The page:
“Regeneration or relocation” A critical analysis and an alternative for sustainable urban development in Istanbul


Birgonul Z., Mendoza-Arroyo M. D. C.

6th Euro-American Congress on Construction Pathology, Rehabilitation Technology and Heritage Management, REHABEND 2016, Burgos, Spain, 24 - 27 May 2016, vol.2016-May, pp.278-285 identifier

  • Publication Type: Conference Paper / Full Text
  • Volume: 2016-May
  • City: Burgos
  • Country: Spain
  • Page Numbers: pp.278-285
  • Keywords: Relocation, Slum upgrading, Sustainable urban development, Urban regeneration, Urban transformation
  • Yıldız Technical University Affiliated: No

Abstract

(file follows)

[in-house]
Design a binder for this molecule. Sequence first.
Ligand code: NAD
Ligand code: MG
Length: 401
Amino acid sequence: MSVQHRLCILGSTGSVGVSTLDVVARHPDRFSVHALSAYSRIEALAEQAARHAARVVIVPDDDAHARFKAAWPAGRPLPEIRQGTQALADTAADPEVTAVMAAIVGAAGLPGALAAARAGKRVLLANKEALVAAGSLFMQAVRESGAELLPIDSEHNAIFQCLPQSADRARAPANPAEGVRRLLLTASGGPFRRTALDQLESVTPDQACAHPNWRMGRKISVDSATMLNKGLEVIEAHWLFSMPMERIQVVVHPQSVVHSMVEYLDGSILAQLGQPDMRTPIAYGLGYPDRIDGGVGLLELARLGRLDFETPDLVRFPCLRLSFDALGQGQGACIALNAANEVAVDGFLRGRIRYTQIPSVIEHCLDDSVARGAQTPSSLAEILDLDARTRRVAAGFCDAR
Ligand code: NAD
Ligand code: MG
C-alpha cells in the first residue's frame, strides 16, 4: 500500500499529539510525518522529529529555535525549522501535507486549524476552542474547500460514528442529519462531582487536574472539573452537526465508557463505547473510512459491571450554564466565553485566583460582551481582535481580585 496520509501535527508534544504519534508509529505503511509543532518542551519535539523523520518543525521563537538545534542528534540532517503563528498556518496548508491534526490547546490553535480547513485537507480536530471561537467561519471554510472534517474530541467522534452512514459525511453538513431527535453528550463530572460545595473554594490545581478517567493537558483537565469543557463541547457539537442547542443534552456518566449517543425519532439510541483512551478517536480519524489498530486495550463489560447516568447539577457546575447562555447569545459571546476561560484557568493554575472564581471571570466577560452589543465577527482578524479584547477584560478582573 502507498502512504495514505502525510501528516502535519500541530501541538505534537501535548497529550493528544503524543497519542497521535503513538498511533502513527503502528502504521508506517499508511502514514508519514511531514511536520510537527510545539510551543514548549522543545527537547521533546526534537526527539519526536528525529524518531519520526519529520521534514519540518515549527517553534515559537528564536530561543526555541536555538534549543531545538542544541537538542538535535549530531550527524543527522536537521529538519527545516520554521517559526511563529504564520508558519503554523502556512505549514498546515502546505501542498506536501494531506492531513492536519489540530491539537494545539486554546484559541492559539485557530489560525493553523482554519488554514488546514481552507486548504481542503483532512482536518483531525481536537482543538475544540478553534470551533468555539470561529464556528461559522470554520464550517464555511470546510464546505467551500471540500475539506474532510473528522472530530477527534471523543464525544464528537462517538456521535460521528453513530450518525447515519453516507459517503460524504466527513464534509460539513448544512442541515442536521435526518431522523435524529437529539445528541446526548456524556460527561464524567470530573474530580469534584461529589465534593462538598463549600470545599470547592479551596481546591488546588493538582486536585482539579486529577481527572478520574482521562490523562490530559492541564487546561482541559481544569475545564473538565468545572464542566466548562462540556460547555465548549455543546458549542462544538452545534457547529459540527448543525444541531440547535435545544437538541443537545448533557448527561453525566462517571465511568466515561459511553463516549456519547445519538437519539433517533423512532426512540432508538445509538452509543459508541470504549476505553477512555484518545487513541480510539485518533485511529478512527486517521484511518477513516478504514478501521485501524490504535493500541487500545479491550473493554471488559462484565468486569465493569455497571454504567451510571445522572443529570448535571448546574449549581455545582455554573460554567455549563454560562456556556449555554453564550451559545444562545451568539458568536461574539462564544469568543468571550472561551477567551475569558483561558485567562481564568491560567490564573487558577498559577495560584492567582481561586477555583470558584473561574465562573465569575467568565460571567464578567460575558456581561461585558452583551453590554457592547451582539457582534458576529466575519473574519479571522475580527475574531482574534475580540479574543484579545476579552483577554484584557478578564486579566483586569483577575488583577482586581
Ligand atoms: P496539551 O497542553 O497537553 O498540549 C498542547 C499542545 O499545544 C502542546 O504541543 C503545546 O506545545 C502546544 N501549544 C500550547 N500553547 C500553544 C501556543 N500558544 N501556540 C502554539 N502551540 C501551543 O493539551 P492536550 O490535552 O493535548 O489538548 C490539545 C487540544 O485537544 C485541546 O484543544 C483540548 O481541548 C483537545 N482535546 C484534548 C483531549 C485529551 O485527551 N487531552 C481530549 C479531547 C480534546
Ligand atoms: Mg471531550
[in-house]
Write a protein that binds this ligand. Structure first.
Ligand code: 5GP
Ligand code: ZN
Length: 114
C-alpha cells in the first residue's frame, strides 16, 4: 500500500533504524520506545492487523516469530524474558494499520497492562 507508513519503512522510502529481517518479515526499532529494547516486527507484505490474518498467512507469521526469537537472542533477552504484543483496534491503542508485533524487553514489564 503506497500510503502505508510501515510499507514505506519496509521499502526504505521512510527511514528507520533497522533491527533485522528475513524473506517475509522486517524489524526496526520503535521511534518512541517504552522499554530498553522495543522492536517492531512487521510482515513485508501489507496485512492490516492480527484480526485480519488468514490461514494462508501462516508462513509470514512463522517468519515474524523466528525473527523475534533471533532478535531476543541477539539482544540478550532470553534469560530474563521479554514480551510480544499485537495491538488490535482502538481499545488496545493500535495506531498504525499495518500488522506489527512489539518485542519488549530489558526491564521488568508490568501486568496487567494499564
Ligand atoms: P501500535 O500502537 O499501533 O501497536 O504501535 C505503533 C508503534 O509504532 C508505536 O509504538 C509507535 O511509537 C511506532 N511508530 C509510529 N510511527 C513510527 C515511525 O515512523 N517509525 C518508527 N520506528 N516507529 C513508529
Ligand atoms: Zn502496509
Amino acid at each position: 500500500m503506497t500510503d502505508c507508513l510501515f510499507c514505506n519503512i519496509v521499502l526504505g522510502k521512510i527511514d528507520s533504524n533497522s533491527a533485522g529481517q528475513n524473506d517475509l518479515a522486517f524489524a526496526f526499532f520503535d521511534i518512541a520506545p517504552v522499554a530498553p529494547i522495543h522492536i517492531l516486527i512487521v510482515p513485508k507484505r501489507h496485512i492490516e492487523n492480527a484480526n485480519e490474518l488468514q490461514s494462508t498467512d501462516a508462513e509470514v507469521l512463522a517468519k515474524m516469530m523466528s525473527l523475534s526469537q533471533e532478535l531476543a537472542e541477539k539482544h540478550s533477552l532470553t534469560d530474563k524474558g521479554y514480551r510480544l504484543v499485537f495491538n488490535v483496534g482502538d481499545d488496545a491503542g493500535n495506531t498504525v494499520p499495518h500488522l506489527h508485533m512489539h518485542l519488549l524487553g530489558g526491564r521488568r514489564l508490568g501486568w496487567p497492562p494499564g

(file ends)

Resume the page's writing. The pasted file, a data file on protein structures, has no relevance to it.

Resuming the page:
Under the brief title of “Regeneration or Relocation”, this study faces as main objective a critical analysis of the contexts linked to a particular case, to interpret the nature of results and their relation with a sustainable urban development. The initial question is what sort of innovation could be best solution for a mega city in transformation, and questioning why is this regeneration process happening, as well as its’ final effects on the space, and the society. The methodology is looking for alternatives of re-settlement and displacement, which focus on the projects for slum amelioration and urban renewal in historical neighborhoods. The added value is, to critically analyze the project done in the historic neighborhood of Istanbul regarding community benefits. Accordingly, this work focused on urban regeneration strategies in Istanbul and the social participation process, which involved sociocultural aspects in the ‘Sulukule Urban Regeneration Project’, treating its’ social impact as a study-case. Istanbul is an urban mosaic, which consists of diverse architectural heritages, social ties, historical bounds, ethnic roots and cultural engagements. The Istanbul Metropolitan Municipality has proposed several developments in the last decade. Such attempts pursued strong impacts on the unique urban fabric of Istanbul, raising criticism from academic works and other authorities that could not find in these projects a fair a correlation of costs and benefits with the results achieved. The revitalization of the slum neighborhood and the projects applicability with respect to the community is not simple and substantive as it assumed: it is supposed to serve the people’s capacity, wellbeing and development. Since respect for the existing social structure is one of the three pillars of any sustainable intervention (care for the environment, social benefits and economic viability), the renewal projects should serve its own community, caring for requirements to respect or to improve the urban fabric, but also the existing environment and life, including immediate context and existing social ties, which certainly, is not an easy task.